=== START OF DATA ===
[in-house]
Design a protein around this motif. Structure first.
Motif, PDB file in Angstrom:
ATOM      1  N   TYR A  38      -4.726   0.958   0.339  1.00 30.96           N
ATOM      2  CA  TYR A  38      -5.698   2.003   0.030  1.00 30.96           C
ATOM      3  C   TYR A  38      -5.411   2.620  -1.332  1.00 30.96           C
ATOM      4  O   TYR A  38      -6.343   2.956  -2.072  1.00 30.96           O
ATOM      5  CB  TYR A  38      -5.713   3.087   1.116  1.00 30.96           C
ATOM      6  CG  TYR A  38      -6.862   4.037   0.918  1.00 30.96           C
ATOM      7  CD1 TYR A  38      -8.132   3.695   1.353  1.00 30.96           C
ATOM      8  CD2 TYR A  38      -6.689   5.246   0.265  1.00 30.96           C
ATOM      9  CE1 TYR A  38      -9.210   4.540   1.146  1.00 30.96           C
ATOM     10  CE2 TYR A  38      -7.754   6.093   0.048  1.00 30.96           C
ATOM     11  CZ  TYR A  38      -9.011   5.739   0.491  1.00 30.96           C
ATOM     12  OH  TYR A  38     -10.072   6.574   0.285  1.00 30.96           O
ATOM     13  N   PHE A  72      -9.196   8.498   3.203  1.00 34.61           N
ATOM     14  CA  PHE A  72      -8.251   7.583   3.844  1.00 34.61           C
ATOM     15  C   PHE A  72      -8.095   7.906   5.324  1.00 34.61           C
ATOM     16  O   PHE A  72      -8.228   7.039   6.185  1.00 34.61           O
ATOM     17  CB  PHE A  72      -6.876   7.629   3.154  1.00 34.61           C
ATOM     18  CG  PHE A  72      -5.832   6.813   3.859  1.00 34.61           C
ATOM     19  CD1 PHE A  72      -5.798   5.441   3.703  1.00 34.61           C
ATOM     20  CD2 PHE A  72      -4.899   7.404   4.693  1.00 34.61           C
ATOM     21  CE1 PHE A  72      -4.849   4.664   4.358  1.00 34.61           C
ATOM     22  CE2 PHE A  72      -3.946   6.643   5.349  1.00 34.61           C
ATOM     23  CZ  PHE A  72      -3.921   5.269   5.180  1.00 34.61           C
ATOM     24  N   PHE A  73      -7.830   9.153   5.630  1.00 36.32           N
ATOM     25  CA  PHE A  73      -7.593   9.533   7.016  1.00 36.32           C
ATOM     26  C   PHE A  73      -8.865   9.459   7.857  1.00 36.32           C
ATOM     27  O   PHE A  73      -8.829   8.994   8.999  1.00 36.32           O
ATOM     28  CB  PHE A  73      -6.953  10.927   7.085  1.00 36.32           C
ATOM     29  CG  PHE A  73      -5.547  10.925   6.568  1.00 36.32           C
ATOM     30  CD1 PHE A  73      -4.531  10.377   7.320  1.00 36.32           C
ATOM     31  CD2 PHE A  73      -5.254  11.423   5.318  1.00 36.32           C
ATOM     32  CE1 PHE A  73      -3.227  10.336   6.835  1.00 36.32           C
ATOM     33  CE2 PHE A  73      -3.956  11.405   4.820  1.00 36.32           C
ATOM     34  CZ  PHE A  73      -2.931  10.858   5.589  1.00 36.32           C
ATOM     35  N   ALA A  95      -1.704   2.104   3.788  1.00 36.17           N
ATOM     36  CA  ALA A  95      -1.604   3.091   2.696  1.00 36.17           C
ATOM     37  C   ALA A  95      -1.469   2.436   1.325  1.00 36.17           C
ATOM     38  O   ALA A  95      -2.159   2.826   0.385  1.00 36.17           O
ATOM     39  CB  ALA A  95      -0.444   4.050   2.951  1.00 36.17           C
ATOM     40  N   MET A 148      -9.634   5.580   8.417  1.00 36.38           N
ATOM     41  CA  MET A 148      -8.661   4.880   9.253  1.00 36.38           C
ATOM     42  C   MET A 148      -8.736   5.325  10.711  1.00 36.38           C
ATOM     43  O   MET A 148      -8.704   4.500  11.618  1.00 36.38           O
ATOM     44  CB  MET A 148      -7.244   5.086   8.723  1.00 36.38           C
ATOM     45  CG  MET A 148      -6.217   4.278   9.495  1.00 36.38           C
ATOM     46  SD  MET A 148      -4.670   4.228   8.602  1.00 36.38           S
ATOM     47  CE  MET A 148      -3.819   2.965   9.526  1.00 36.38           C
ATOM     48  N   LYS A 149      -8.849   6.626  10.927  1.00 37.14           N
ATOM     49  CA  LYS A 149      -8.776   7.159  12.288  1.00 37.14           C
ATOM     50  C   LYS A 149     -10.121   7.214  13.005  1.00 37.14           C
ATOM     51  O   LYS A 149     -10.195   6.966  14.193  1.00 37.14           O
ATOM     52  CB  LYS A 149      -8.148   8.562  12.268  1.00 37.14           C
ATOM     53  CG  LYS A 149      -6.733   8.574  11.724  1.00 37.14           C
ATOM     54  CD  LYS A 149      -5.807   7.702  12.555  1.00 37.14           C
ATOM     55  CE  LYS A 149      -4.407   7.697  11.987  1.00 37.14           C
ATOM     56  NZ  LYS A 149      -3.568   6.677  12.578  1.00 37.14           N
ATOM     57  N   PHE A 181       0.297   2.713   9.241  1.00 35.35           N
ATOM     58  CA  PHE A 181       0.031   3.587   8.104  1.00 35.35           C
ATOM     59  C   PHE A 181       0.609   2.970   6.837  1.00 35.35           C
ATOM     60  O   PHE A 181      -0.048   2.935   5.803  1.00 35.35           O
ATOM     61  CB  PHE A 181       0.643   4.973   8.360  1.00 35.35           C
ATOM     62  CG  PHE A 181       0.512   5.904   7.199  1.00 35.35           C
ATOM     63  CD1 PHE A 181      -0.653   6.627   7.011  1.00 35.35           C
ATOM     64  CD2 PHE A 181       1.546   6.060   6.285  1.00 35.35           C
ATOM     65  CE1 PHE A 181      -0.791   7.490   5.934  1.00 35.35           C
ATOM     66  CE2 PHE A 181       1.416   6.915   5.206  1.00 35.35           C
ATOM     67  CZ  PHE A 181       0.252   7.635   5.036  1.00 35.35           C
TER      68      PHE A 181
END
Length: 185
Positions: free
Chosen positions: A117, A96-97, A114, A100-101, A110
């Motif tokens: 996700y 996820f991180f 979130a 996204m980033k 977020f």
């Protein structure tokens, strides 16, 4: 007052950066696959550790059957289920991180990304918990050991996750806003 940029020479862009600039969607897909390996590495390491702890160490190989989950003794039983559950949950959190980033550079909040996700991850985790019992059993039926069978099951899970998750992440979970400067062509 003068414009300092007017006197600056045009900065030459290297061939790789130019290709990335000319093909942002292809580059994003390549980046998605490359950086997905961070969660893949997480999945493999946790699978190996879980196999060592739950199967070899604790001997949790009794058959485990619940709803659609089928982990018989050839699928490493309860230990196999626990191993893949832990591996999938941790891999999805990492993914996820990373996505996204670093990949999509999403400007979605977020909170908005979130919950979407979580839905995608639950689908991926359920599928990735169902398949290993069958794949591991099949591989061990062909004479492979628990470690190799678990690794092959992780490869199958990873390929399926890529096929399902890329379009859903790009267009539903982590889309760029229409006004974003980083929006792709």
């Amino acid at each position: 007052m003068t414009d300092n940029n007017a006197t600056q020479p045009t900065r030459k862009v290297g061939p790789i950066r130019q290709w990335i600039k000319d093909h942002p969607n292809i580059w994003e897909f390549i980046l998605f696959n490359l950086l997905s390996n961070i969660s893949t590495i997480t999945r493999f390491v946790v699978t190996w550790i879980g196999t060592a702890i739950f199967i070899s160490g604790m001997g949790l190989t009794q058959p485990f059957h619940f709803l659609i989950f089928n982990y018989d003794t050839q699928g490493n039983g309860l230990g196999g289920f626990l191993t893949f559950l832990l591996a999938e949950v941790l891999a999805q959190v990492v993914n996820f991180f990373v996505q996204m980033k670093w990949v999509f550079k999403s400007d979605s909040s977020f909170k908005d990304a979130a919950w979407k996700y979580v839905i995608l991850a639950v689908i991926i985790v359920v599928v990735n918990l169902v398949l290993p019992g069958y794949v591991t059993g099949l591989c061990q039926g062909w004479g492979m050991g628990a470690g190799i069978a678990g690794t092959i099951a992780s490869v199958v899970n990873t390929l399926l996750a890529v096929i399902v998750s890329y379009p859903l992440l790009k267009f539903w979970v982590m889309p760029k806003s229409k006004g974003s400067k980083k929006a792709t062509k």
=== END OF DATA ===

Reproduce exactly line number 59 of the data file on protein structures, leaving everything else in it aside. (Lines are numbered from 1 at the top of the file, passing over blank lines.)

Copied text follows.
ATOM     56  NZ  LYS A 149      -3.568   6.677  12.578  1.00 37.14           N